At first glance, the words frugal and giving seem to contradict one another. After all, being frugal is all about spending less and saving more—not giving money away. But for the faithfully frugal, there comes a time when the fruits of our frugality exceed our expectations. We’ve saved sufficiently for retirement and the proverbial rainy day, with a comfortable cushion to spare. We could spend more, except that we’re too frugal!
The immediate choice boils down to either hoarding what we have or sharing at least some of our bounty. Hoarders may find a certain comfort in clinging to every last dime, knowing that in the end, their estate will be doing the sharing. If this describes you, you should be sure to include PETA in your plans. But hoarding denies us one of life’s greatest joys: the joy of giving.
It truly is more blessed to give than to receive-and it’s empowering as well. Through our charitable giving, we have the power to make a difference here and now. With many people giving less during the economic downturn, our donations are more crucial than ever. Unlike with taxes and utility bills, we have the power to choose which charitable organizations we want our money to go to.
As tempting as it may be to give a little to every worthy cause that you encounter, it is far more effective and efficient to select just a few organizations that most closely align with your interests and ethics and then support them generously. For example, if animal rights are high on your list of priorities, PETA is the perfect organization to contribute to. You may also want to contribute to your local animal shelter as well as PETA, thereby making a difference both locally and globally.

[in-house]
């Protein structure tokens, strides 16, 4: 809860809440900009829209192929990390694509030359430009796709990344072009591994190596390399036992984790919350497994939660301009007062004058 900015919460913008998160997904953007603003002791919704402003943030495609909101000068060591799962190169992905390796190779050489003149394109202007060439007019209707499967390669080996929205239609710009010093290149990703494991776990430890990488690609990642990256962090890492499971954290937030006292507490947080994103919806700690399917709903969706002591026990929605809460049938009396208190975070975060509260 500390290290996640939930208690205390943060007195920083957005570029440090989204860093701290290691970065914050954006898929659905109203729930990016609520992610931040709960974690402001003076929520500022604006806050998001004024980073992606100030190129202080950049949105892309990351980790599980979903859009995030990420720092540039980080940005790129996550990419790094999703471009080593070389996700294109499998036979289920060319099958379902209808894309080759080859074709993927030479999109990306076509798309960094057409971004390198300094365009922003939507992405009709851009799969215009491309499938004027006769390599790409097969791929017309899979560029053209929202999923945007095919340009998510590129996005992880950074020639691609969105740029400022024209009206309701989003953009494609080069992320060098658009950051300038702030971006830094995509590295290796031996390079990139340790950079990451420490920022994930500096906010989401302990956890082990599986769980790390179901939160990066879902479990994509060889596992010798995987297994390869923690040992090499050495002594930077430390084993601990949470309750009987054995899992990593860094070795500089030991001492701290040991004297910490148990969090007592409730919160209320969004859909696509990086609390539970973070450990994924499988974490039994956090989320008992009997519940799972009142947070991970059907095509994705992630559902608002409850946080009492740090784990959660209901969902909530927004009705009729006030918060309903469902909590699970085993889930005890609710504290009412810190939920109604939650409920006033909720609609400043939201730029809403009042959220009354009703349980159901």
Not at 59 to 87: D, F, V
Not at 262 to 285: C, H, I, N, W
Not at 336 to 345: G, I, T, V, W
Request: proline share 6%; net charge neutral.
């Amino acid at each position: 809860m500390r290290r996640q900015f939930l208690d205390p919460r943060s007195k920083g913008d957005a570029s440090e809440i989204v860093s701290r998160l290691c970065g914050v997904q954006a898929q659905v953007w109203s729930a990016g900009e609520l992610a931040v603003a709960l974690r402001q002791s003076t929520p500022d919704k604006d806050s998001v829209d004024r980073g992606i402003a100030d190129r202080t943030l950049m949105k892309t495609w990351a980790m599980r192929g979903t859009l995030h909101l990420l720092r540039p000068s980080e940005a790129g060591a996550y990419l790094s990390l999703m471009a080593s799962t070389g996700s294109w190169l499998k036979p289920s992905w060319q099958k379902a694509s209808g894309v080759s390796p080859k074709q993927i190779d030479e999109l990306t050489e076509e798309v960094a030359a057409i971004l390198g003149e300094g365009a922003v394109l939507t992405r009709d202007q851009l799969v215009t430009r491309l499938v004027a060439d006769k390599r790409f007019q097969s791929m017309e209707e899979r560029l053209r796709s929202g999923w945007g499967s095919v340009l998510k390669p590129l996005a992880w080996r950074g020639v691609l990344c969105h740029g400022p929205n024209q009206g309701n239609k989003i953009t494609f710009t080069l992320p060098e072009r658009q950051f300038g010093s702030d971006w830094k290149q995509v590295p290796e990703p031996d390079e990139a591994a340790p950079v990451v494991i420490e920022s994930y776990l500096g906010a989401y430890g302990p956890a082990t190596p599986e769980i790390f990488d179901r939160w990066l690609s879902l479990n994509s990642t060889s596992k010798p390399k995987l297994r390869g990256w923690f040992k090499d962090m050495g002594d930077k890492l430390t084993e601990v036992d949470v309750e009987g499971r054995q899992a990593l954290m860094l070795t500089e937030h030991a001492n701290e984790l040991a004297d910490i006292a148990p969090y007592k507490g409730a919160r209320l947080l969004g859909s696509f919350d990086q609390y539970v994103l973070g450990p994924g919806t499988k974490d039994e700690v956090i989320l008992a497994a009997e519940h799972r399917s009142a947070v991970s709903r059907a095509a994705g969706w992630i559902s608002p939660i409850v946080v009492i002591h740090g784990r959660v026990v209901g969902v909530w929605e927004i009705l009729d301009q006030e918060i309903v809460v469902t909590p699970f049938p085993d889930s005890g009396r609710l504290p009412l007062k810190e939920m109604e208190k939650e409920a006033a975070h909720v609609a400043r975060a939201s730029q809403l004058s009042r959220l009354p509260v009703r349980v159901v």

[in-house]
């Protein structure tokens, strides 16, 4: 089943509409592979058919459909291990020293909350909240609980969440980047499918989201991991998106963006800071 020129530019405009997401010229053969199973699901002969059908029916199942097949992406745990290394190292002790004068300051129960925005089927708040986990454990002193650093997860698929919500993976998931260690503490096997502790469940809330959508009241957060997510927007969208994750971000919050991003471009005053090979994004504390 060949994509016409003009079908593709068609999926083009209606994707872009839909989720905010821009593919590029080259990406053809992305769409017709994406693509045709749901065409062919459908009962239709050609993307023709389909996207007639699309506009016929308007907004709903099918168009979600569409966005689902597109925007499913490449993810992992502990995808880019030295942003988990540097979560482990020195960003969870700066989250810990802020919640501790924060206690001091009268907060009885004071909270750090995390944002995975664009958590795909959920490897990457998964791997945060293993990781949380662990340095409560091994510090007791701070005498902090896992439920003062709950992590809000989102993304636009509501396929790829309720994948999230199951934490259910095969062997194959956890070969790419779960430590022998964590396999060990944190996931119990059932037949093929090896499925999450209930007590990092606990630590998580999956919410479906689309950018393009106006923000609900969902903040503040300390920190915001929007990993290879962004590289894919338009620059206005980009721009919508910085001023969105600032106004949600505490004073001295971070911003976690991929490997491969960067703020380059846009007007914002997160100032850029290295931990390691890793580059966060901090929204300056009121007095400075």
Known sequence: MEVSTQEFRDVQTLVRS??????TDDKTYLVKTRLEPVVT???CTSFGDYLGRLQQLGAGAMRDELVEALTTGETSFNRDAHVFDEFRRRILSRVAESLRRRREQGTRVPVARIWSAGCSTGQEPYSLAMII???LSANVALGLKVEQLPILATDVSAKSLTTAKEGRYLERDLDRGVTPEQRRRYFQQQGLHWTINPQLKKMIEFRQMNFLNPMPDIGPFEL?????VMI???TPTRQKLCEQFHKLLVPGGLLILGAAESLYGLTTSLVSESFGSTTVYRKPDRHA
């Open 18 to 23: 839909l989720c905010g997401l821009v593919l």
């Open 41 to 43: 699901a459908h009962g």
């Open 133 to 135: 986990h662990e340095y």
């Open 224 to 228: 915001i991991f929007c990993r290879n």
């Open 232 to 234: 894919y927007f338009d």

Frugal as we are, we don’t want to see our contributions work against each other. For example, giving to PETA and the American Cancer Society would be a conflict of interest since PETA is working to end the cruel use of animals in experiments, which the American Cancer Society (among others) helps fund with its donations. This is part of the reason why you will want to make sure that you are giving only to humane charities.
An effective way to plan and monitor your charitable giving is to incorporate it into your budget. This gives a whole new meaning to the term “planned giving.” Set aside enough money to meet your comfort level with your selected charities. If you contribute at least $500 at one time each year to PETA, you will become a member of its Vanguard Society. It’s also good to have some extra charity money budgeted so that you can give when special opportunities arise, such as matching gift or disaster-response campaigns.
And finally, it can pay to give. For those who itemize deductions for U.S. income taxes, contributions to federally recognized (501c3) nonprofits are tax deductible (be sure to get and keep receipts).